Through the course of PEI’s ongoing manager due diligence process, China has been a recurring topic of conversation, as managers follow the country’s transition from an investment driven economy to a consumer driven one, and assess the implications of this transition for China itself and its emerging market neighbors. As the country’s economic transition has progressed, its growth rate has come under significant pressure. These growing pains, along with the country’s rapid rise in debt since 2008, have contributed to a prolonged downturn in commodity prices as China, once the top importer of commodities, now faces reduced demand for many commodities. The sell-off in commodities and China’s growth concerns in general have taken a toll on other emerging countries, as import demand remains uncertain and the larger issue of China’s status as a trade partner moves to the forefront. Many fund managers have been revisiting their exposure to the country, re-evaluating the impact China may have on the global economy and how to best position funds as a result of the volatility in the region.
Though China has been a major source of volatility since the start of the New Year, conversations with fund managers have indicated that most do not see it as the first pillar of a global economic meltdown or a “Lehman-like” event. The general view is that the slowdown in China’s growth rate has been well telegraphed for years and is not a surprise event. However, renewed uncertainly as to the rate of the deceleration of China’s growth has generated some concern. As fund managers maneuver through the process of re-visiting exposure to China, to either gain comfort or highlight issues, they are also taking a larger look at the broader emerging market world. On this note, feedback highlights a consensus opinion: that emerging market countries are likely to be a major source of global growth over the long-term. While comments center around emerging market valuations as “cheap” and the existence of long-term investment opportunities, managers caveat these comments with the idea that near-term challenges abound, likely leading to a bumpy road ahead for emerging market investments. Ultimately, most of our managers believe that the People’s Bank of China and the Chinese government have the tools to engineer a bumpy landing for the country’s economy or what some are calling a “stall-out” event. However, at this point they are holding off on increasing exposures to China and the broader emerging market world given near-term hurdles.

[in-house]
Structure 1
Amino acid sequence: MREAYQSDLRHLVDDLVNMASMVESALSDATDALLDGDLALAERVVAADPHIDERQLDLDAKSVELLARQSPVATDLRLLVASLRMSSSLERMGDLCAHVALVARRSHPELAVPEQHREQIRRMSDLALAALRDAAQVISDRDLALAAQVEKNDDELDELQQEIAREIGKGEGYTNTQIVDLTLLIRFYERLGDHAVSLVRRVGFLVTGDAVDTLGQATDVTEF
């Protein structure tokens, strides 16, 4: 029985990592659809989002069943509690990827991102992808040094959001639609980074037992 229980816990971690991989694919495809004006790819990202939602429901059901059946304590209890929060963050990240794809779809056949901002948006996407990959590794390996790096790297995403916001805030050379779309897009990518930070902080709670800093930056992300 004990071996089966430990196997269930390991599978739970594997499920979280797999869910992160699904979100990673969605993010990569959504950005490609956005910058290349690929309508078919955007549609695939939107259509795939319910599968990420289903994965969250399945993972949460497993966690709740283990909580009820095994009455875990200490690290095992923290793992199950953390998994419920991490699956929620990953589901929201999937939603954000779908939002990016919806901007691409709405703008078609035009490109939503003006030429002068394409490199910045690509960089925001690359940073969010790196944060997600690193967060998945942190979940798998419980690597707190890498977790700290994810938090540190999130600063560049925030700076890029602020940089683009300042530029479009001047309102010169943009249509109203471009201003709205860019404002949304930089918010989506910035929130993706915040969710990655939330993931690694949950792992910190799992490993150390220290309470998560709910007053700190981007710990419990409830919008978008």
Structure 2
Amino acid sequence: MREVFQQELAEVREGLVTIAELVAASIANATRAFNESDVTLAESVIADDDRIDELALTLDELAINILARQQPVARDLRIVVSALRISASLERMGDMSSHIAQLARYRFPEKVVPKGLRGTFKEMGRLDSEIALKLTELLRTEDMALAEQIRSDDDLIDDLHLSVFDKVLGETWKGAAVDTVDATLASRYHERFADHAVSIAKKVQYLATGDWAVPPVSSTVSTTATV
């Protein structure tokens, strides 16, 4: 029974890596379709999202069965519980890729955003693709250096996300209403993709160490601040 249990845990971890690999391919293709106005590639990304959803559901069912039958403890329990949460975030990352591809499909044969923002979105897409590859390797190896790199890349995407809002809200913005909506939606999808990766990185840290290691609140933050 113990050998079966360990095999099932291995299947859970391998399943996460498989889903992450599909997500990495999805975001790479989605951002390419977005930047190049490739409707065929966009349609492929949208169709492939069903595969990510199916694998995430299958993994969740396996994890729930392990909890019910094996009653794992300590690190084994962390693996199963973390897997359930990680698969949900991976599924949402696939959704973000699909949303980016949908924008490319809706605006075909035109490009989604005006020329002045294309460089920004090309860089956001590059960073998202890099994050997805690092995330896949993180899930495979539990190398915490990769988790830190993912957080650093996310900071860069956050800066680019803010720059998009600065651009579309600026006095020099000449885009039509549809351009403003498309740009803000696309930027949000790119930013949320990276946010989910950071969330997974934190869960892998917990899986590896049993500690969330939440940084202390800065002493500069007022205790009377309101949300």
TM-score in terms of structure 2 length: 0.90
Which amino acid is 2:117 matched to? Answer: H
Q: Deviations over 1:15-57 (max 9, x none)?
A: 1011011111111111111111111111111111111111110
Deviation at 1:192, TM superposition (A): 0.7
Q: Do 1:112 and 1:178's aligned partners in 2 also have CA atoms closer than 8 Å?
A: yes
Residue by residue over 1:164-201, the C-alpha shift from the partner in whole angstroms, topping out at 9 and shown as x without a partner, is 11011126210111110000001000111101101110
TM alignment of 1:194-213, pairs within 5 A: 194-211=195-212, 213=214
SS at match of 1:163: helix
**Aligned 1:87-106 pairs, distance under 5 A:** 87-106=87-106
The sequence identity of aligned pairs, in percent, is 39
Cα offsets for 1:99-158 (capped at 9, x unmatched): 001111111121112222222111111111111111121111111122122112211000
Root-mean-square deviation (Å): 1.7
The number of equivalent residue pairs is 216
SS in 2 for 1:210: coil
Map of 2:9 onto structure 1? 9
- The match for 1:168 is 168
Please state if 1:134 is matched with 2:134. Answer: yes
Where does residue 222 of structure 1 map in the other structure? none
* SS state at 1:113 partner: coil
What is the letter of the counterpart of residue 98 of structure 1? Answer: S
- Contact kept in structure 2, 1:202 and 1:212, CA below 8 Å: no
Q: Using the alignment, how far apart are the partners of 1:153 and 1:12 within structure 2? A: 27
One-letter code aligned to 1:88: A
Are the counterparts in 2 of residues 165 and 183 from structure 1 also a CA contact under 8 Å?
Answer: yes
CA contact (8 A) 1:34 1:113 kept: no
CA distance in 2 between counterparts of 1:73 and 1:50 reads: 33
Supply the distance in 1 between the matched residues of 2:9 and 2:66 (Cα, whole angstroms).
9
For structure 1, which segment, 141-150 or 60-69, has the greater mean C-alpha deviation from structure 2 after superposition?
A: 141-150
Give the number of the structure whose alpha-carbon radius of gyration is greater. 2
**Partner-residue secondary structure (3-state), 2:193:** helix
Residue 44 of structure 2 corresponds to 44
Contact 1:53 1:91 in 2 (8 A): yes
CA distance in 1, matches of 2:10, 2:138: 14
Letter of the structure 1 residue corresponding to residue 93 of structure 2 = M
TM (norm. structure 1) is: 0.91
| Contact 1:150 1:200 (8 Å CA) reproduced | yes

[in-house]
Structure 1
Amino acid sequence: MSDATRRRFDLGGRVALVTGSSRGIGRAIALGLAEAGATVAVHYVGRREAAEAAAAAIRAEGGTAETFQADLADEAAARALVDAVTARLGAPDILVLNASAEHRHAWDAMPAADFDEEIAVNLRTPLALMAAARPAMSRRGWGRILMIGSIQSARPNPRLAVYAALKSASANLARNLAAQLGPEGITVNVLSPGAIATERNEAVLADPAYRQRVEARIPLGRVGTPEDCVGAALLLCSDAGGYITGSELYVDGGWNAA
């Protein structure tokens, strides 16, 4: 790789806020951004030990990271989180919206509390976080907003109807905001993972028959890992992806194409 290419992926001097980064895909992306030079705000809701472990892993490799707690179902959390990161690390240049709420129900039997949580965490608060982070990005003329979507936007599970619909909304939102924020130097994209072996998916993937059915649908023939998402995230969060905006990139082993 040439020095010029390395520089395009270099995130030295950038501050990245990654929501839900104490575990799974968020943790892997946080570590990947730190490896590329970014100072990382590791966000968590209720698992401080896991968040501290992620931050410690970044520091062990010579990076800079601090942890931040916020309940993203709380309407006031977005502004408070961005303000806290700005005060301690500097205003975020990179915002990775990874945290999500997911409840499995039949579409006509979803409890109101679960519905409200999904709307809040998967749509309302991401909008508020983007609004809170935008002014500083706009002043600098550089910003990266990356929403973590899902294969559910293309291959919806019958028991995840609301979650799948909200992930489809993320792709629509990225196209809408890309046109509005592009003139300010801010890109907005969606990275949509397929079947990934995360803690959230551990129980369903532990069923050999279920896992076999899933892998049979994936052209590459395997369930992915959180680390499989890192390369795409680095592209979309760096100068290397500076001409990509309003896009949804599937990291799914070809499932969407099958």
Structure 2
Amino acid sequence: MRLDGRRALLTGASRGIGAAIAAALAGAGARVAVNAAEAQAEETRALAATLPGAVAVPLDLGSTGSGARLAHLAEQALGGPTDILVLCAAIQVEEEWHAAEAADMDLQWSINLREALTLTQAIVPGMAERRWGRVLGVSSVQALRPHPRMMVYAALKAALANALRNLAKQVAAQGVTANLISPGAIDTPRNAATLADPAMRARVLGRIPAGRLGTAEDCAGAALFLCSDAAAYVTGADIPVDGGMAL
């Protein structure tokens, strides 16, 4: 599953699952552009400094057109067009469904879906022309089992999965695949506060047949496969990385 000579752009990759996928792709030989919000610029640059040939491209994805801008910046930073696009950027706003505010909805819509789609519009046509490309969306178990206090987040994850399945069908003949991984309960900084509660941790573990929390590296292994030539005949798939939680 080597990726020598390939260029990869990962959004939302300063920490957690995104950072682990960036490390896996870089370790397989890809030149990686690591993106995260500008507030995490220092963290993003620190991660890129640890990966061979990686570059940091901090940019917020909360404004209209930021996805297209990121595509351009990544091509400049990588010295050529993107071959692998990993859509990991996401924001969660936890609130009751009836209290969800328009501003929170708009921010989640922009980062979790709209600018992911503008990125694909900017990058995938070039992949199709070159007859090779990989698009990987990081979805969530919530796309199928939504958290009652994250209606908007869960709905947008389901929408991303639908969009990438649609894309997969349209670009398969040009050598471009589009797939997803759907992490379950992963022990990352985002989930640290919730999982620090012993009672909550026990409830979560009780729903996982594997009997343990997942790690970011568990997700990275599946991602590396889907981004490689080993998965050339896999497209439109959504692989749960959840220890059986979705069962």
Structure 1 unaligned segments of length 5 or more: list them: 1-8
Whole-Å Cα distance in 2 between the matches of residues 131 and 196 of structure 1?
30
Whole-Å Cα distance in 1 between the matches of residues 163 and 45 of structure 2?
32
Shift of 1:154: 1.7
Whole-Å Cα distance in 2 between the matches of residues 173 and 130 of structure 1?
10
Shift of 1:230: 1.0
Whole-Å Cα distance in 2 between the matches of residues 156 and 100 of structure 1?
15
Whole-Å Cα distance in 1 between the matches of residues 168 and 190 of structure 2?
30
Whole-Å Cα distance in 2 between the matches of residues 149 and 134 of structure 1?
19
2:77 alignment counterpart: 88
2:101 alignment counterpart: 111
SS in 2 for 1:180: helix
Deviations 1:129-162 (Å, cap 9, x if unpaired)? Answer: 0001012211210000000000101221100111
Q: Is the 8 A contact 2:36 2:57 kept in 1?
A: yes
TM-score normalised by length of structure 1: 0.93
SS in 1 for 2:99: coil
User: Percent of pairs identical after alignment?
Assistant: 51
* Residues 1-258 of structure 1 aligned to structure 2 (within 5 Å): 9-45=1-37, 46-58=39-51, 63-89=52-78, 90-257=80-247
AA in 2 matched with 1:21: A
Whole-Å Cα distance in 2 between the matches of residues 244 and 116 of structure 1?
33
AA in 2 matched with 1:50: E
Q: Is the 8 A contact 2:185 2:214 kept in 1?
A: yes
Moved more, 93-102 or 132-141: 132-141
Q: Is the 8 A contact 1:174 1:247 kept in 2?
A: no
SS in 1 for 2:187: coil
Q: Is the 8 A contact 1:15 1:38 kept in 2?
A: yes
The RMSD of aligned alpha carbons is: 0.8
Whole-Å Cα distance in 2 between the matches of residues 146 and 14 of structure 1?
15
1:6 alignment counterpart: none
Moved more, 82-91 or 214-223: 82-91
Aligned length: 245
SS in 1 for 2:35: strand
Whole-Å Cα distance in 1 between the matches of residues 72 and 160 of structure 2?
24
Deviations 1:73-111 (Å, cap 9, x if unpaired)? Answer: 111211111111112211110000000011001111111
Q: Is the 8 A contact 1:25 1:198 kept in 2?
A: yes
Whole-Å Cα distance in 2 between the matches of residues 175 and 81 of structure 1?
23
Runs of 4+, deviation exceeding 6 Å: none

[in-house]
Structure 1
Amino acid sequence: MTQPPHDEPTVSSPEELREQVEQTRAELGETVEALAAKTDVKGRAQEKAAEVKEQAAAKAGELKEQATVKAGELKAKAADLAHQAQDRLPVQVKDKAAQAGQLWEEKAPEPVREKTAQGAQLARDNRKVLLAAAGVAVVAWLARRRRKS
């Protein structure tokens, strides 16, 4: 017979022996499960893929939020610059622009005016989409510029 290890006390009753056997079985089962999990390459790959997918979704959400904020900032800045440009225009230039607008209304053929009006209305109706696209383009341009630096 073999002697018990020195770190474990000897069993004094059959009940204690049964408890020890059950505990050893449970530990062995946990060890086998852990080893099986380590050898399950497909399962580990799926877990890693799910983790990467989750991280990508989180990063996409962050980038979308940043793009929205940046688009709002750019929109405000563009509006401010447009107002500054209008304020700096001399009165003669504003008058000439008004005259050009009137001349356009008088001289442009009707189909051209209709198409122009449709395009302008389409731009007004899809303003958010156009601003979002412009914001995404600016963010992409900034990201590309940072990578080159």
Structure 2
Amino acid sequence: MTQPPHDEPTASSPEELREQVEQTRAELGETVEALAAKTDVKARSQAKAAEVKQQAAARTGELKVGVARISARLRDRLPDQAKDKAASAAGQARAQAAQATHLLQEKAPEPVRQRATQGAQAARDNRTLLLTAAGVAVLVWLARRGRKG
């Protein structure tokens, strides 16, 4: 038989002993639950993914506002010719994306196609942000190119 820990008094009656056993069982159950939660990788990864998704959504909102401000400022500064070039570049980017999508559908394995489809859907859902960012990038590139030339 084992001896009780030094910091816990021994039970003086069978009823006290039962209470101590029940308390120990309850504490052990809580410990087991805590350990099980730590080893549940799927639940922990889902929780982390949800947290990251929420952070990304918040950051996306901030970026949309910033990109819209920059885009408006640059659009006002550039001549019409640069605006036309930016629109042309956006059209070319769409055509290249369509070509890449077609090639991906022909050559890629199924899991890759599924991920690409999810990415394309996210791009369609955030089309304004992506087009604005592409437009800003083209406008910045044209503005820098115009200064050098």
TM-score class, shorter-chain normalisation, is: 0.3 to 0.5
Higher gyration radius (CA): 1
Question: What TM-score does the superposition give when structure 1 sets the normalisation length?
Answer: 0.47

Given the viewpoint that the slowing Chinese economy is not Armageddon, the thoughtful process turns to how fund managers are positioning their portfolios to account for China’s slower growth and it’s more consumer-oriented focus. As such, PEI’s more recent due diligence efforts have focused on this topic, with most managers indicating that although the overall Chinese economy may be slowing, pockets of investible opportunities remain. More specifically, fund managers are focusing their investments on companies that are still able to take share in their respective markets despite China’s slowing economy. This angle is leading to a focus on the technology and consumer sectors. Ultimately, managers are looking to invest in innovative companies that are introducing differentiated products likely to succeed as the Chinese consumer becomes more sophisticated.
As fund managers continue to assess China’s trials and tribulations and work through the process of evaluating exposures to both the country and broader emerging market regions, they acknowledge that although near-term obstacles abound, opportunities remain. There appears to be agreement that China’s growing pains are not likely to lead to a global economic crisis, however most managers still remain cautious about increasing allocations to both China and emerging market investments in general. Those mangers that are adding at the margin have indicated they are more inclined to add to existing China holdings given an established level of conviction; waiting to delve into new names until there are signs of currency stabilization and clearer signals from the Chinese government regarding expectations for the country’s economy.